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Tank testing, Engine problems, Software changes, Tube tests

October 22 and 26, 2002 Meeting Notes

October 22 and 26, 2002 Meeting Notes


Tank Testing


We hydrotested the 60 gallon Structural Composite tank http://www.structural.com/base_pages/composite.htm .  The tank is rated for use at 150 psi, with a 600 psi burst.  Russ made tight fitting aluminum closures for both ends, but that is still the expected failure point, because the threads are directly into their reinforced polyethylene liner.  We filled it completely up with water and took it incrementally to 325 psi.  It wad some disturbing snap-crackle sounds when it was being pressurized up the first time, but after that it didn’t complain at all.


These tanks weigh a bit under one pound per gallon of capacity, and they were very cheap -- $350 each in this size.



Engine Problems


We fired our first engine on the new high capacity vertical test stand, and we ran into some problems.  The new engine is a 5.5” diameter cat pack, like our existing main engines, but it has a 2” diameter throat with a 1” radius, as opposed to our previous 1.75” throats with a fairly sharp bend.  Even after a number of warmup pulses the engine would never run clean.  We let it sit until Saturday, hoping that the now-wetted pack would “season”, but it didn’t get any better at all.  We recompressed the pack, adding screens and spacers until it was at the maximum 5000 psi gauge reading (about 10,000 pounds total force, or about 450 psi on the pack – a little light, but that’s all the gauge goes to) while we tightened the bolts down.  That got a little better, but not much.  We thought it was clearing up at the end, so we went ahead and moved the engine to the tube, but the flight tests were still poorly catalyzed.


We initially suspected that the larger throat motor was having trouble building backpressure, but we are now fairly convinced that it is the cold weather.  It was down to 60F this week, quite a lot colder than anything we have run for the better part of a year.  Thinking back, we had a lot of problems last winter as well.    The clincher was that the attitude engines, which had fired perfectly last week, took a very long time to clear up today.  We are considering warming our peroxide, and possibly designing pre-heating motors that are sort of regeneratively heated.


Software Changes


I made two changes to the flight computer software:


There is now a “-detach” option that lets the software continue operating without a controlling terminal.  So far, all of our flights have been initiated by just telneting to the flight computer over 802.11b, and launching the flight software from the command line.  I have been concerned that if we ever do lose telemetry link, that the TCP connection for the telnet session could block the software.  The actual telemetry and command/control is done with UDP, but there are some informational messages which get sent to stdout.  With the detach option, I can close the telnet session completely, and leave all communication as UDP.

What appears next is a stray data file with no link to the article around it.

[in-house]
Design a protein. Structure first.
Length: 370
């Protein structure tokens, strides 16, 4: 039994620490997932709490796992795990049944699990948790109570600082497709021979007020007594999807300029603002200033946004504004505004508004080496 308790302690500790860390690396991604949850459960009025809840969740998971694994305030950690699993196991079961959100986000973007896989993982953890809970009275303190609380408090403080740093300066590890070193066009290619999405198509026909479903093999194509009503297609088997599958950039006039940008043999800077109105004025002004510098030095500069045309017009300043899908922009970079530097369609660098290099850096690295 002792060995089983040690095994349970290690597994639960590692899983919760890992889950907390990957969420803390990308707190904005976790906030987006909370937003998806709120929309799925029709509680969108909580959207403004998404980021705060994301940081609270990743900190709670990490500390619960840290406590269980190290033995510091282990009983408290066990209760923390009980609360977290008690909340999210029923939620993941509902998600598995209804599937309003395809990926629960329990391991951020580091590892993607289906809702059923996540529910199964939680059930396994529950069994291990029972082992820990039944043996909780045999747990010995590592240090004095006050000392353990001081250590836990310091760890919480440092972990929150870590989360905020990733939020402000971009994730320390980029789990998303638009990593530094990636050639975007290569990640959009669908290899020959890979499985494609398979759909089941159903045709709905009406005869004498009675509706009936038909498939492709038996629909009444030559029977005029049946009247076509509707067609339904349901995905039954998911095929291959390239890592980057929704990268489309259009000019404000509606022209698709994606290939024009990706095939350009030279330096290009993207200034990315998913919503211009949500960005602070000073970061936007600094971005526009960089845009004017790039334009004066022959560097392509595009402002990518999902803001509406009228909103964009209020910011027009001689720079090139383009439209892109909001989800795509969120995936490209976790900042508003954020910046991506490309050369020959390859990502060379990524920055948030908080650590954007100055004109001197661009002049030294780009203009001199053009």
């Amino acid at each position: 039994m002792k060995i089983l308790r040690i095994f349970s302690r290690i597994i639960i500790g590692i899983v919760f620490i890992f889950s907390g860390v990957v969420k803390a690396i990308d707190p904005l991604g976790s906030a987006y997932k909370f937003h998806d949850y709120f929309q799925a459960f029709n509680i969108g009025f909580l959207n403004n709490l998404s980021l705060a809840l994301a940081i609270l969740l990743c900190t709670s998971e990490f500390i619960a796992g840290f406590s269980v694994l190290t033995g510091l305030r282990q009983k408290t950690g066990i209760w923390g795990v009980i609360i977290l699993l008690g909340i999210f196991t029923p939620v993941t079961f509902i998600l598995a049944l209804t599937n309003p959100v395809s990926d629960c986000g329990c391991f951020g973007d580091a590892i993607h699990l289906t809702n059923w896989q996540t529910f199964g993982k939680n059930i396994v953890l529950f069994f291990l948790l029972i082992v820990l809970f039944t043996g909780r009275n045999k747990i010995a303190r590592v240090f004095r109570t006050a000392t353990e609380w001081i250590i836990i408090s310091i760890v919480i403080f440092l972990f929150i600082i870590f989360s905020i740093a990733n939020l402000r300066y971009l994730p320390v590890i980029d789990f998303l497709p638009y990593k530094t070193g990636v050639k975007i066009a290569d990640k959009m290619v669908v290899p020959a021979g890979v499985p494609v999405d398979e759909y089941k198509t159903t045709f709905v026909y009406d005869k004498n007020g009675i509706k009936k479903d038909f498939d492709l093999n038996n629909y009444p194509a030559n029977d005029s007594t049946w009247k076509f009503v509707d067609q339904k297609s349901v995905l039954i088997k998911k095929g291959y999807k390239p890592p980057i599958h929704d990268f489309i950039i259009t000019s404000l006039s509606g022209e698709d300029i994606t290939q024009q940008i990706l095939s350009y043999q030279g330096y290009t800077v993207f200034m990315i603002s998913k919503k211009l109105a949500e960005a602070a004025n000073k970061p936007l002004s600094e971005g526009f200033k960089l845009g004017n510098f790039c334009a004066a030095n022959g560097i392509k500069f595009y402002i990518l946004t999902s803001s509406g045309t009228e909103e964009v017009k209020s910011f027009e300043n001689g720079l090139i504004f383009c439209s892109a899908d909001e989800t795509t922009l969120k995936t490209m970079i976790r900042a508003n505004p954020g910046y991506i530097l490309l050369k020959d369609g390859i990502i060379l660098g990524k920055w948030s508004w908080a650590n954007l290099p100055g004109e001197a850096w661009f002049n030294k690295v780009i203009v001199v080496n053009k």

I added full inertial velocity and position tracking.  The Crossbow inertial unit I am using doesn’t have enough accuracy in the accelerometers to use this for hovering purposes (the vehicle position starts drifting almost immediately), but it will be good enough to back up the GPS for apogee determination and some recovery purposes for higher flights.



Tube Test


We finished everything necessary to hover test the tube -- carrying hooks for moving it around, a bulkhead fill port, final engine installation, and Russ put some paint on it.  We pulled it out and tethered it down for hover tests, but the main engine was still not catalyzing well enough to lift the vehicle, just scoot it around a little on the ground.  We were only running 300 psi, but the vehicle only weighs 290 pounds, and even the old engines with the smaller, sharp throat made more thrust than that.


We are loading peroxide in a different way for this vehicle, because the tank liner can’t take a vacuum.  We load the peroxide into our normal test stand tank, then pressure feed it into the tank through a vent tube on the bottom.  This works fine, although we are definitely noticing the huge nitrogen consumption of the big 60 gallon tank (which we are only loading 5 gallons at a time into right now).


Assuming we get the engine running cleanly with net thrust, we only have a few things left before flying it to altitude: finish vehicle parachute straps, parachute coupler sanding, and multiple parachute launch tests.  Our local FAA office continues to ignore us on our waiver application, so it looks like we will probably have to fly it in Oklahoma.




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